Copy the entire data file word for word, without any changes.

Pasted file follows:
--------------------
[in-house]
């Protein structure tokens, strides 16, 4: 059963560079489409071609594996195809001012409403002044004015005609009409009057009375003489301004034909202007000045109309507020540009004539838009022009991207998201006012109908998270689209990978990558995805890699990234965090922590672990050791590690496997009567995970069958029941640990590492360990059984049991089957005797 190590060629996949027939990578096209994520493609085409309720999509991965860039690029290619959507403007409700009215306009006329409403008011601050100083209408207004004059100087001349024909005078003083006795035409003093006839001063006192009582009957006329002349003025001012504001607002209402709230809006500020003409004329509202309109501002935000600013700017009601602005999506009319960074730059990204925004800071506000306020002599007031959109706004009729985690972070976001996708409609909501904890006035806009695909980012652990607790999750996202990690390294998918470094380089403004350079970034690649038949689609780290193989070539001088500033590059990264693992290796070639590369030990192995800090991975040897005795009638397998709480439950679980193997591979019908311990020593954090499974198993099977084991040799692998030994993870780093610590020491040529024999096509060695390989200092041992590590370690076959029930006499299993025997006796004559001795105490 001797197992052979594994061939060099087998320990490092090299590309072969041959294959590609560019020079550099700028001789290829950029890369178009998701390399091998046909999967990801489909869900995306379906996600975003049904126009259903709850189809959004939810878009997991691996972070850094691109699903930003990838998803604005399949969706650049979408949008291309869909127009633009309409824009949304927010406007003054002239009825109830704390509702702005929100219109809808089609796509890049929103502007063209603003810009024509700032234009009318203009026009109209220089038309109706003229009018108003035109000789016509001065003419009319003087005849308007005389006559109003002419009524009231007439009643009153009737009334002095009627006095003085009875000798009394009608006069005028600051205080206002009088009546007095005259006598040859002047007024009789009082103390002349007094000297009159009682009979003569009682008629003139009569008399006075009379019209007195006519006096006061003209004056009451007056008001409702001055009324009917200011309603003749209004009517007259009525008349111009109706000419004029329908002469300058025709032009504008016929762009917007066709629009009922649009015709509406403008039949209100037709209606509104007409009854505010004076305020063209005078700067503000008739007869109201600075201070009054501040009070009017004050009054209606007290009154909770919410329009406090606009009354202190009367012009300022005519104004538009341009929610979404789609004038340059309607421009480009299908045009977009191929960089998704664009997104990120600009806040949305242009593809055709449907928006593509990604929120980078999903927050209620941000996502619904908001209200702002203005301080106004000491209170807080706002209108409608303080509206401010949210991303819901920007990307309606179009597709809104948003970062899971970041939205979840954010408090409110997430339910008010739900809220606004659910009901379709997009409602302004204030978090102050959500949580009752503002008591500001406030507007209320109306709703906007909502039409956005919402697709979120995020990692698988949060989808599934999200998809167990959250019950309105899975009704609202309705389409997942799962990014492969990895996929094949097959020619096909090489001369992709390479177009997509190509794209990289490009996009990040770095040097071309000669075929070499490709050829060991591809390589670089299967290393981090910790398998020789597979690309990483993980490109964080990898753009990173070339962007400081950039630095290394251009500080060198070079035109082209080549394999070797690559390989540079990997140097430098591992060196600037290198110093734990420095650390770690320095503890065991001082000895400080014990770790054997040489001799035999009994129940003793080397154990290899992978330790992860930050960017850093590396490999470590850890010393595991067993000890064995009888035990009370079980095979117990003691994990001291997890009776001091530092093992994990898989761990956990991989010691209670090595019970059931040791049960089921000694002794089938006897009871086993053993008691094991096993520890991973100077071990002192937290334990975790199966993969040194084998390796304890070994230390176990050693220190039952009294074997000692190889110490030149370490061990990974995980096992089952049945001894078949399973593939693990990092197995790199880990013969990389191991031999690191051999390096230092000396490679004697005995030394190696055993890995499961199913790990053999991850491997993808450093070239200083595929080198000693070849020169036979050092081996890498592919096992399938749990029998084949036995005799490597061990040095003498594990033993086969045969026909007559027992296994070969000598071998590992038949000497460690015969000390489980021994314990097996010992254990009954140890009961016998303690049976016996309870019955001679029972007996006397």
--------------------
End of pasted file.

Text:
[in-house]
């Protein structure tokens, strides 16, 4: 059963560079489409071609594996195809001012409403002044004015005609009409009057009375003489301004034909202007000045109309507020540009004539838009022009991207998201006012109908998270689209990978990558995805890699990234965090922590672990050791590690496997009567995970069958029941640990590492360990059984049991089957005797 190590060629996949027939990578096209994520493609085409309720999509991965860039690029290619959507403007409700009215306009006329409403008011601050100083209408207004004059100087001349024909005078003083006795035409003093006839001063006192009582009957006329002349003025001012504001607002209402709230809006500020003409004329509202309109501002935000600013700017009601602005999506009319960074730059990204925004800071506000306020002599007031959109706004009729985690972070976001996708409609909501904890006035806009695909980012652990607790999750996202990690390294998918470094380089403004350079970034690649038949689609780290193989070539001088500033590059990264693992290796070639590369030990192995800090991975040897005795009638397998709480439950679980193997591979019908311990020593954090499974198993099977084991040799692998030994993870780093610590020491040529024999096509060695390989200092041992590590370690076959029930006499299993025997006796004559001795105490 001797197992052979594994061939060099087998320990490092090299590309072969041959294959590609560019020079550099700028001789290829950029890369178009998701390399091998046909999967990801489909869900995306379906996600975003049904126009259903709850189809959004939810878009997991691996972070850094691109699903930003990838998803604005399949969706650049979408949008291309869909127009633009309409824009949304927010406007003054002239009825109830704390509702702005929100219109809808089609796509890049929103502007063209603003810009024509700032234009009318203009026009109209220089038309109706003229009018108003035109000789016509001065003419009319003087005849308007005389006559109003002419009524009231007439009643009153009737009334002095009627006095003085009875000798009394009608006069005028600051205080206002009088009546007095005259006598040859002047007024009789009082103390002349007094000297009159009682009979003569009682008629003139009569008399006075009379019209007195006519006096006061003209004056009451007056008001409702001055009324009917200011309603003749209004009517007259009525008349111009109706000419004029329908002469300058025709032009504008016929762009917007066709629009009922649009015709509406403008039949209100037709209606509104007409009854505010004076305020063209005078700067503000008739007869109201600075201070009054501040009070009017004050009054209606007290009154909770919410329009406090606009009354202190009367012009300022005519104004538009341009929610979404789609004038340059309607421009480009299908045009977009191929960089998704664009997104990120600009806040949305242009593809055709449907928006593509990604929120980078999903927050209620941000996502619904908001209200702002203005301080106004000491209170807080706002209108409608303080509206401010949210991303819901920007990307309606179009597709809104948003970062899971970041939205979840954010408090409110997430339910008010739900809220606004659910009901379709997009409602302004204030978090102050959500949580009752503002008591500001406030507007209320109306709703906007909502039409956005919402697709979120995020990692698988949060989808599934999200998809167990959250019950309105899975009704609202309705389409997942799962990014492969990895996929094949097959020619096909090489001369992709390479177009997509190509794209990289490009996009990040770095040097071309000669075929070499490709050829060991591809390589670089299967290393981090910790398998020789597979690309990483993980490109964080990898753009990173070339962007400081950039630095290394251009500080060198070079035109082209080549394999070797690559390989540079990997140097430098591992060196600037290198110093734990420095650390770690320095503890065991001082000895400080014990770790054997040489001799035999009994129940003793080397154990290899992978330790992860930050960017850093590396490999470590850890010393595991067993000890064995009888035990009370079980095979117990003691994990001291997890009776001091530092093992994990898989761990956990991989010691209670090595019970059931040791049960089921000694002794089938006897009871086993053993008691094991096993520890991973100077071990002192937290334990975790199966993969040194084998390796304890070994230390176990050693220190039952009294074997000692190889110490030149370490061990990974995980096992089952049945001894078949399973593939693990990092197995790199880990013969990389191991031999690191051999390096230092000396490679004697005995030394190696055993890995499961199913790990053999991850491997993808450093070239200083595929080198000693070849020169036979050092081996890498592919096992399938749990029998084949036995005799490597061990040095003498594990033993086969045969026909007559027992296994070969000598071998590992038949000497460690015969000390489980021994314990097996010992254990009954140890009961016998303690049976016996309870019955001679029972007996006397």